So Team Wetpixel met a nasty tropical storm called Franklin, and I think it is true to say that the storm won. The port on Isla Mujeres was closed by the Mexican naval authorities to all small boat traffic on Sunday night as the storm approached. We expect start the storm will clear by Wednesday, but will await the authorities go ahead when they re-open the port. I have been on the island during July and August for whale sharks 6 times over the last 7 years and this is the first time we have ever had any days lost due to bad weather.
Being enterprising underwater photographers, we got some washing done:
Had a lengthy breakfast:
And then set out to brave the winds down at Punta Sur. They had really picked up, making for some incredible scenes as the swells crash up onto the point
Being photographers meant that we….took pictures:
And generally larked about:
Before heading back along the east coast road.
The port remained closed on Tuesday, so part of the group returned to the Mexican mainland to so some cenote diving. These are created when the caves that riddle the Yucatan peninsula collapse, exposing them to the surface.
We arranged the excursion with Lus Maria Guzman of Buceo Xtabay, who took us to a private cenote called Maravillas.
As we approached, the storm really hit with torrential rain and lots of flooding along the road. The cenote is around 45 minutes from Cancun.
After descending through a fairly narrow entry, the cenotes opens up into a big bell shaped chamber. There is a hydrogen sulphide layer at around 30 m (120 ft) although the cave carries on to 84 m (276 ft).
The storm meant that there was very little light entering the cave, and as we were mostly equipped for whale sharks, we had limited lighting options.
The cave is pretty large:
Due the amount of rain, we had a brief surface interval and then set out for another shallower dive.
There were lots of fossils in the cave’s walls around 20 m (60 ft).
The entry provided some interesting opportunities for silhouettes too.
Thanks to Lus Maria and her team for entertaining us and showing us this very special place. It looks like the port will remain closed until Thursday, so we may return for more cenote diving tomorrow.
On the final day of the Wetpixel Whale Sharks trip, the Mexican naval authorities, despite a good forecast, kept the port closed. Sadly, therefore whale sharks were not on the menu. The weather was sunny and warm, so we decided to head for the cenotes again. We once again hooked up with Lus Maria Guzman of Buceo Xtabay, who was able to organise at very short notice for us to get to Tajma Ha cenote, south of Playa del Carmen.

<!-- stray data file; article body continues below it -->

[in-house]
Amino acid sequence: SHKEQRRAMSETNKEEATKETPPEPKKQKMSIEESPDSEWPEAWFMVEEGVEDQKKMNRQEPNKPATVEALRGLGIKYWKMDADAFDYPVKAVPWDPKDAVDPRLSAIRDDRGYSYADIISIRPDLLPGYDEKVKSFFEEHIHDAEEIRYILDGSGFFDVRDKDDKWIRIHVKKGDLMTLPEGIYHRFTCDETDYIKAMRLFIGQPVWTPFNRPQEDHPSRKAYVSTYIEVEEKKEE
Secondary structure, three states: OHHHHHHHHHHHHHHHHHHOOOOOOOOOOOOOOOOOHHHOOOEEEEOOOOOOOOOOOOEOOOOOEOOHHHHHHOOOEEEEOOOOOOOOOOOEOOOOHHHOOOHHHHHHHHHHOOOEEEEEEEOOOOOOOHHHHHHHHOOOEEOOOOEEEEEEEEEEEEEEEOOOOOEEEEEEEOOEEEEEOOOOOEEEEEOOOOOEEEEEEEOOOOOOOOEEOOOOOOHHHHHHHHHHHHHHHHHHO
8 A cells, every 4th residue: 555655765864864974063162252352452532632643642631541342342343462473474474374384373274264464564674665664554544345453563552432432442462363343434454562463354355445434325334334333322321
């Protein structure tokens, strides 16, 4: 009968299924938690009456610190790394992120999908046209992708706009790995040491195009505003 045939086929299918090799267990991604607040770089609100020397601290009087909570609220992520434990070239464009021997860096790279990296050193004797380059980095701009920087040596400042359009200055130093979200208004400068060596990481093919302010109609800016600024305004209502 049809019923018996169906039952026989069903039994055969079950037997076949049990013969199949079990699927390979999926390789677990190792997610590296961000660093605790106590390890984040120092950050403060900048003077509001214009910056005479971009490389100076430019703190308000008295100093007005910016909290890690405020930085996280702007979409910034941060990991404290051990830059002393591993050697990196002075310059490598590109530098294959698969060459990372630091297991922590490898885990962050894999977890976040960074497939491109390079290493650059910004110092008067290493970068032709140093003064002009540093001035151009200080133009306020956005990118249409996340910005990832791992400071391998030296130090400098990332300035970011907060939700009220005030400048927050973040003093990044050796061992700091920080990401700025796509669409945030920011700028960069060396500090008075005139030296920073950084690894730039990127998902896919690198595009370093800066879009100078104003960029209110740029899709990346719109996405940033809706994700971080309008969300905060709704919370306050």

We got an early ferry over to Cancun and headed down to the cenote in Lus Maria’s minibus. The majority of the cenotes are privately owned and many of them restrict access for photographers. Fortunately Tajma Ha is both very beautiful and allows photography.
After around 2 hours, we pulled into the car parking area. Like most cenotes, the access is not exactly prepossessing.
A narrow cleft under an overhang shows a stretch of gin clear water to get fins on and set off. It also has some freshwater tropical fish: guppies and catfish.
The cavern portion of the cenote follows a permanent guideline, and this never really leaves the light zone.
Pretty quickly, the amazing lighting provided by the bright sun and jungle topside was obvious.
The light provides an amazing “laser show” as beams dance down from the surface in curtains. This is helped by the amazing clarity of the water…it is like diving in air!
The cavern tour took us through some amazing rock and speleothem formations:
Photographing in the darkness of the cave was challenging, needing very high ISO and slow shutter speeds. We took it in turns to act as models:
The underwater scenery of the Yucatan is absolutely as amazing as that of tiger surface and whilst challenging, is an amazing place to create stunning, memorable imagery.
The 2017 Wetpixel Whale Sharks has the singular distinction of being the first time in my six visits to have had weather that has forced us off the water. Whether this is a symptom of climate change remains to be seen, but the “discovery” of the cenotes as a bad weather alternative has been a worthwhile one.
Many thanks to all the trip participants, most of whom are either already home and back at work or travelling as I write. Looking forward to 2018…